Average number of new COVID cases falls to lowest point since July
MADISON, Wis. (WBAY, WEAU) – The Wisconsin Department of Health Services (DHS) reported an uptick in new cases for a third straight day, but the numbers have been so low that the 7-day average is still trending down. The state says 5,547 test results for people tested for the coronavirus -- or testing positive -- for the first time identified 733 cases.
Wisconsin has now gone 7 straight days with fewer than 1,000 COVID-19 cases each day, which hasn’t happened since August 28-September 3. And by our calculations, the 7-day average for new cases is 659 a day. We had to look all the way back to July 10 to find an average lower than that.
The percentage of positive cases looking at first-time tests was 13.21% and the 7-day average positivity rate, again by our calculation, is down to 14.51%. That’s the lowest in 5 months. By the state’s new metric looking at all test results, including health care workers, patients and others being tested multiple times, the 7-day average is down to 3.0%. As we’ve reported, health officials want to see these positivity rates fall to 3% to consider the COVID-19 virus is being managed.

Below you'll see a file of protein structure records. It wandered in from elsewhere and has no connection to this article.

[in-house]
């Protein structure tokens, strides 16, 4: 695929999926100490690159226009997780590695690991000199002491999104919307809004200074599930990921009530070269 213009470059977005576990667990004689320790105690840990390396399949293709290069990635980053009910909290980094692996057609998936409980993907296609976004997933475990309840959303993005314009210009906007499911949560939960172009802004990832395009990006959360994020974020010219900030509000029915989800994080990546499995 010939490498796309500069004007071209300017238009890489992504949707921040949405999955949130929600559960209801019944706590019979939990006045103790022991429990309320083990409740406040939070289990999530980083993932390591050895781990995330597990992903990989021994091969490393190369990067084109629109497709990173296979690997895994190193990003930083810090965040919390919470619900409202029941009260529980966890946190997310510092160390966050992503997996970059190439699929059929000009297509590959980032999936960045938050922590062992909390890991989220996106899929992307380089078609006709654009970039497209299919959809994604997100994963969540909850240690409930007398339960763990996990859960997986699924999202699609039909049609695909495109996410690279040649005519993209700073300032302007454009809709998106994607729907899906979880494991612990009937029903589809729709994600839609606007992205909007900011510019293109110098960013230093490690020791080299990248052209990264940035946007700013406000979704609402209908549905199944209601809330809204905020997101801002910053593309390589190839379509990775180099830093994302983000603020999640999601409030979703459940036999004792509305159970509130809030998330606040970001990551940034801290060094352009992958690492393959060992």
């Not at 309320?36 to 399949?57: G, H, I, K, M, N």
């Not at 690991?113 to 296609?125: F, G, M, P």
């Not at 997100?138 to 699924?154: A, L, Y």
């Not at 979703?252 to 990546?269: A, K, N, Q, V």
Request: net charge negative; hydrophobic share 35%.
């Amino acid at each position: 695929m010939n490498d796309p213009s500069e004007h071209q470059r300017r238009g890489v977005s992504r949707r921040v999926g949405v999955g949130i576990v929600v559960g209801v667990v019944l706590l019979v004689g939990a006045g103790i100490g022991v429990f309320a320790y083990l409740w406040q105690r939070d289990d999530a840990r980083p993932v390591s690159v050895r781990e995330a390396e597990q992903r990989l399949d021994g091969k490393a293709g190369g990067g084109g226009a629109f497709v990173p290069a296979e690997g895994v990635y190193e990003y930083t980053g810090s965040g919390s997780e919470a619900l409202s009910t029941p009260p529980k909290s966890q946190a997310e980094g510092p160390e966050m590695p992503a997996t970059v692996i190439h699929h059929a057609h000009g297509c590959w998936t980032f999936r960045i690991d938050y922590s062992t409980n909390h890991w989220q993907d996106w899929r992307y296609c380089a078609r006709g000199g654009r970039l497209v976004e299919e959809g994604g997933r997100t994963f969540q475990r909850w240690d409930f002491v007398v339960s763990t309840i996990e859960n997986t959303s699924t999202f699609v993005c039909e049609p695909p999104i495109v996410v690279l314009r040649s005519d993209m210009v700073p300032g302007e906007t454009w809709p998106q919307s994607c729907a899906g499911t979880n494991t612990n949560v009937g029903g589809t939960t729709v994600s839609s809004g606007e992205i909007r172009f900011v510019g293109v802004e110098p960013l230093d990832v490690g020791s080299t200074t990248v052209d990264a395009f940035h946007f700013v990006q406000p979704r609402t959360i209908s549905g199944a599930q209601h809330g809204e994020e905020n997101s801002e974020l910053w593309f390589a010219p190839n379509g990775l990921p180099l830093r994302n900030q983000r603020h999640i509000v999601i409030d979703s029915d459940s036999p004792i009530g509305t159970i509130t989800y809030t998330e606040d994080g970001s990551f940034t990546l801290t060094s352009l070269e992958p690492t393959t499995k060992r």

Wisconsin also saw a day-to-day increase in the number of COVID-19 deaths. Eighteen more people were added to the death toll, bringing it to 6,232. That’s still 1.12% of all known coronavirus cases in the state. Wisconsin is averaging 13 deaths per day over the past 7 days, but one month ago that average was 44 deaths per day.
Dane, Kenosha and Milwaukee counties each reported 3 deaths. Oneida reported two. Barron, Calumet, Douglas, Outagamie, Sheboygan, Waukesha and Waupaca counties had one death each.
New cases were identified in all but four Wisconsin counties, with Ashland, Buffalo, Pepin and Rusk being the exceptions. Twenty-one counties reported only one or two new cases.
Wisconsin is launching a COVID-19 vaccine registry website. Starting March 1, the vaccine registry will roll out in increments. The Department of Health Services describes it as “a central place to let people know where and when they can they can get vaccinated, and let them schedule an appointment.” Click here for more information.